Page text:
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What’s Happening Now in Fukuoka & Japan September 2022


Kishida says Japan will ease COVID border controls from Oct 11 – Nationwide

Japanese Prime Minister Fumio Kishida said his country will ease COVID-19 border control requirements next month, a key step in fostering a recovery in Japan’s tourism sector, which is eager to take advantage of the yen’s slide to a 24-year low. Japan has maintained some of the strictest border measures among major economies since the pandemic’s onset, having effectively blocked entry to visitors for two years until it began a gradual reopening in June.

Kishida’s announcement, made during a speech at the New York Stock Exchange, follows a pledge he made in May that Japan would bring its border controls more in line with other Group of Seven nations.

Japan’s insistence that visitors obtain visas to enter the country and then adhere to planned, package tours has been a major sticking point. Prior to the pandemic, Japan had visa waiver agreements with nearly 70 countries and regions, including the United States, the European Union, and many Asian neighbours. Business lobbies and travel companies have urged Japan to relax its border controls more swiftly, saying they were out of step with major trading partners and could cause the nation to fall behind economically. Japan’s currency weakened past the psychologically important level of 145 yen to the dollar, making foreign travel and purchases in the country the cheapest in decades.

From Oct 11, Japan will restore individual tourism and visa-waiver travel to people from certain countries as long as they are vaccinated. At the same time, it will also scrap a daily cap on arrivals, currently set at 50,000, and may revise regulations on hotels, allowing them to refuse guests who don’t abide by infection controls, such as mask wearing, during an outbreak, domestic media reported. Japan officially let in tourists in June for the first time in two years, but only about 8,000 arrived through July, compared with more than 80,000 visitors a day before the pandemic.

Over 75s top 15% of Japan’s population for 1st time – Nationwide

For the first time, Japan’s over 75s account for over 15 percent of the population after their cohort rose by 720,000 to 19.37 million people, government data released showed, in further evidence of the country’s rapidly greying society. Also hitting record highs this year were the over 65s, or seniors, accounting for 29.1 percent of the population, or 36.27 million people, according to Ministry of Internal Affairs and Communications data released ahead of Respect for the Aged Day holiday. Japan tops the world rankings for oldest society by proportion of over 65s, well above Italy in second place at 24.1 percent and third place Finland with 23.3 percent.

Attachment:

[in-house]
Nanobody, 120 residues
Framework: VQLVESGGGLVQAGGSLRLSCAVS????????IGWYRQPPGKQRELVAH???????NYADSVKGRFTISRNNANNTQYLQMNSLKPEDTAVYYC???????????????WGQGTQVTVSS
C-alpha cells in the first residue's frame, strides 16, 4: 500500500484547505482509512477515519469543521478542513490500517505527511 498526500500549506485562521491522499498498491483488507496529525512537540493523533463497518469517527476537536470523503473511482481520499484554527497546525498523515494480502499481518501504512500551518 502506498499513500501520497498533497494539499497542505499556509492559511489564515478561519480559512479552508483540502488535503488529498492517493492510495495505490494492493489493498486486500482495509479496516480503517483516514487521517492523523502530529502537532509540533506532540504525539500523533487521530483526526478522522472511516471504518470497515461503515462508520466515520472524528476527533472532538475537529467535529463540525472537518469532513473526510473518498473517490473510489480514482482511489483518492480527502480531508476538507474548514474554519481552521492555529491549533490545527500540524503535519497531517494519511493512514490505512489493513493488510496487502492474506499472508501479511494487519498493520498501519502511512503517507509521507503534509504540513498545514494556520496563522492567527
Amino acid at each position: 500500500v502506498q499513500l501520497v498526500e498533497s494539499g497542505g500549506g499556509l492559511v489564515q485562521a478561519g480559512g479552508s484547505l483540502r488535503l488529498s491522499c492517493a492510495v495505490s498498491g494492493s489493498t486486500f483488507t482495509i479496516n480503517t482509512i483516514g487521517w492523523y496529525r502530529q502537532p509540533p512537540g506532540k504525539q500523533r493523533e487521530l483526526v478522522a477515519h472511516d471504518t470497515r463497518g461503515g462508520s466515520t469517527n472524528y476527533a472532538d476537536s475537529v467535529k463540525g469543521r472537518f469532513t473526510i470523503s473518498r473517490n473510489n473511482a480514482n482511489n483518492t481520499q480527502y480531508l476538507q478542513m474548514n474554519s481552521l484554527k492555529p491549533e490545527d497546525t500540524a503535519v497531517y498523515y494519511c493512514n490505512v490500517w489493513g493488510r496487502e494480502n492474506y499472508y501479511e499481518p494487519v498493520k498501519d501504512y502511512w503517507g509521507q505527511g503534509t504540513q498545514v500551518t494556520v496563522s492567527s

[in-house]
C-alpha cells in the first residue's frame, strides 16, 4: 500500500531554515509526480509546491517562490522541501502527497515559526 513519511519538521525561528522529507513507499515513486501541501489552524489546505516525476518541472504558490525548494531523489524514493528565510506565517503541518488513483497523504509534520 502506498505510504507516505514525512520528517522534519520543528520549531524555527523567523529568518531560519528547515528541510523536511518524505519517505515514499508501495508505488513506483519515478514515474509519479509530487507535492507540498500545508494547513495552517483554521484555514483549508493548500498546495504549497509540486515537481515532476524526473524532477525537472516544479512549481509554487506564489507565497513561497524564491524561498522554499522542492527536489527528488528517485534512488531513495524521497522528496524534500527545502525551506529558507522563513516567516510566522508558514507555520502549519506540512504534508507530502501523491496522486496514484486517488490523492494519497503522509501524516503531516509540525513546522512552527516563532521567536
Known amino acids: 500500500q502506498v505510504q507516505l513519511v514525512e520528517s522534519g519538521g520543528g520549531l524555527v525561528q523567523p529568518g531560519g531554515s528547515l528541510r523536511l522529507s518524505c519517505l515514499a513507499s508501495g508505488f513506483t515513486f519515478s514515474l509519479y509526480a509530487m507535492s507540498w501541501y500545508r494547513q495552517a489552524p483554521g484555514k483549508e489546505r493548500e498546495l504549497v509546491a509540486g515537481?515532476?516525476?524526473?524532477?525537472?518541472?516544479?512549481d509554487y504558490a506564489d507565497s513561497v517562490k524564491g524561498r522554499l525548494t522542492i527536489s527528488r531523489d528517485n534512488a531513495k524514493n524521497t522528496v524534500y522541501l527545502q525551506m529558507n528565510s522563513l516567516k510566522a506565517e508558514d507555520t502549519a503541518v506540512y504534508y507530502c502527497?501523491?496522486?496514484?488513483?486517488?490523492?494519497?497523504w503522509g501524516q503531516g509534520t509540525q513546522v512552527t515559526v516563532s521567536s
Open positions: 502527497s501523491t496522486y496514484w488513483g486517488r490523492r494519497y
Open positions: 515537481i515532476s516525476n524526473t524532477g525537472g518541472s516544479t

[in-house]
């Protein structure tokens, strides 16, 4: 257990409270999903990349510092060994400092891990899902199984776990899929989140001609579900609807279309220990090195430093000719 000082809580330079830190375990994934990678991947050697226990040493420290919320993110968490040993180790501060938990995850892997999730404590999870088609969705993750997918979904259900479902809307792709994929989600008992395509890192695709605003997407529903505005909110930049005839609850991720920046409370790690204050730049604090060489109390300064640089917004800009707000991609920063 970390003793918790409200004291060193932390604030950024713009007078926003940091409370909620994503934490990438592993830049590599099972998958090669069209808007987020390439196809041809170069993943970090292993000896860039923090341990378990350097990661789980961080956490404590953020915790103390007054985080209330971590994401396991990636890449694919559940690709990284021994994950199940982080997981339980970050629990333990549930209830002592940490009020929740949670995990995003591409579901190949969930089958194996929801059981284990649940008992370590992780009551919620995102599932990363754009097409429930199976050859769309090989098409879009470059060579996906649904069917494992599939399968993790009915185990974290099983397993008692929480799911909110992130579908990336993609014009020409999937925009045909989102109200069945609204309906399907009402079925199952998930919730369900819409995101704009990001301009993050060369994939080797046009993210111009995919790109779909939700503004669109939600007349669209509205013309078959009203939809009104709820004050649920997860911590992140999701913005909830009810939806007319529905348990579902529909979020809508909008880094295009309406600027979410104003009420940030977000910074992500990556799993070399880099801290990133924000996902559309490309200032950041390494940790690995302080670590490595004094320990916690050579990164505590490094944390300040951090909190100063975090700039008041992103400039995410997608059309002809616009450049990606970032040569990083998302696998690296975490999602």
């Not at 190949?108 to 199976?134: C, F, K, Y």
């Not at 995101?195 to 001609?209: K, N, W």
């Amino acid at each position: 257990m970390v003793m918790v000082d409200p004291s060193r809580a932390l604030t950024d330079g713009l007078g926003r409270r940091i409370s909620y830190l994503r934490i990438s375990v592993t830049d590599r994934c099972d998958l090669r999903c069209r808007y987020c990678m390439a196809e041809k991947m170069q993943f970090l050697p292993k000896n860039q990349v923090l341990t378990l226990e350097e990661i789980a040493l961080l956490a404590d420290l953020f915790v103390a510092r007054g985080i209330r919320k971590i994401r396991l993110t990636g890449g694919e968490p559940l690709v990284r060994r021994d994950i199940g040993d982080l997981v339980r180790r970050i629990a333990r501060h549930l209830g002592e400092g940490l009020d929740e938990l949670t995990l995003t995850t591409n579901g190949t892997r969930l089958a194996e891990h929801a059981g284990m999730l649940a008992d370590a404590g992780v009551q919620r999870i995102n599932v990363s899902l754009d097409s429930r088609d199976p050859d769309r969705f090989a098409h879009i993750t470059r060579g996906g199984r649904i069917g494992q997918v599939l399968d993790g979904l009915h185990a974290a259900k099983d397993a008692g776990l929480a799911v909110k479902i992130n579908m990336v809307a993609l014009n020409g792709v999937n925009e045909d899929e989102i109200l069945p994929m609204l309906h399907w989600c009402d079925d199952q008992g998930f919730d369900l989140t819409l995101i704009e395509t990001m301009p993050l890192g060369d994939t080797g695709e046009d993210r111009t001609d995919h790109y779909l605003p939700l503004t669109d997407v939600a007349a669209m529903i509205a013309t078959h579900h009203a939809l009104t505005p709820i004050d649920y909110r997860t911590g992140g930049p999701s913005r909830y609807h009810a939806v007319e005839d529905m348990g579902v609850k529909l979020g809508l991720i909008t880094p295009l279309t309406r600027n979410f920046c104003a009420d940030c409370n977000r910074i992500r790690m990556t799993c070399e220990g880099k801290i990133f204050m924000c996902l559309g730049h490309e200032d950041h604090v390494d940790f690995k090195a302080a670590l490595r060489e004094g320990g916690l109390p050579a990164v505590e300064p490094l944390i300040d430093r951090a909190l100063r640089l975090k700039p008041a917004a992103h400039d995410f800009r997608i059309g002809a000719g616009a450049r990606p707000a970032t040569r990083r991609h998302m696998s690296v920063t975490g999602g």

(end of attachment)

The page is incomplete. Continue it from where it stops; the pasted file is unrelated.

The National Institute of Population and Social Security Research projects seniors to make up 35.3 percent of the population by 2040. A surge in elderly people presents problems for the country, including in health care system improvements and efforts to reverse low birth rates and sustain regional communities. Government data from 2021 also showed that the number of employed seniors had risen for an 18th consecutive year, increasing by 60,000 to 9.09 million.

While the proportion of over 65s working was on par with last year’s 25.1 percent, for the first time, the majority of people aged 65 to 69 — 50.3 percent — had a job. Seniors comprised 13.5 percent of the workforce, 0.1 point below last year’s record high. But there were signs of seniors quitting their jobs due to the effects of the coronavirus pandemic, with a notable trend of decline seen since August 2021.

According to the data, some 15.74 million male seniors and 20.53 million females are aged 65 or over. The rise in the over 75s is attributed to the children of the first baby boom of 1947 to 1949 reaching their 75th birthdays. About 12.35 million people are aged 80 and older, or 9.9 percent of the population, and around 2.65 million people are in their 90s — roughly 2.1 percent of the country.

Japan to launch domestic travel subsidy program on Oct 11 – Nationwide

Japan will launch a new subsidy program to boost domestic tourism on Oct 11, the same day it plans to remove its daily cap for overseas arrivals as part of easing COVID-19 border control measures. The National Travel Discount, which Prime Minister Fumio Kishida announced in New York, will replace the Go To Travel subsidy program and expand similar existing programs operating at the prefectural level.

The scheme is expected to provide the equivalent of up to 11,000 yen in discounts and coupons per traveller per day which can be used for meals, shopping, and accommodation fees. The government plans to announce details of the program as soon as possible, but it has raised doubts about whether it will boost regional economies. With the start of the program less than three weeks away, the announcement has also left tourism businesses and facilities with little time to prepare, as well as caused confusion about whether the program can be applied to new accommodation reservations.

Under a system where the national government subsidizes the costs borne by prefectural authorities to implement such programs, the 47 prefectures will be allowed to suspend the scheme depending on the infection situation within their jurisdiction. Prefectural governments will also have the authority to determine the scheme’s running period or whether to even implement it at all, leading to the possibility that it may not be launched simultaneously across the country.


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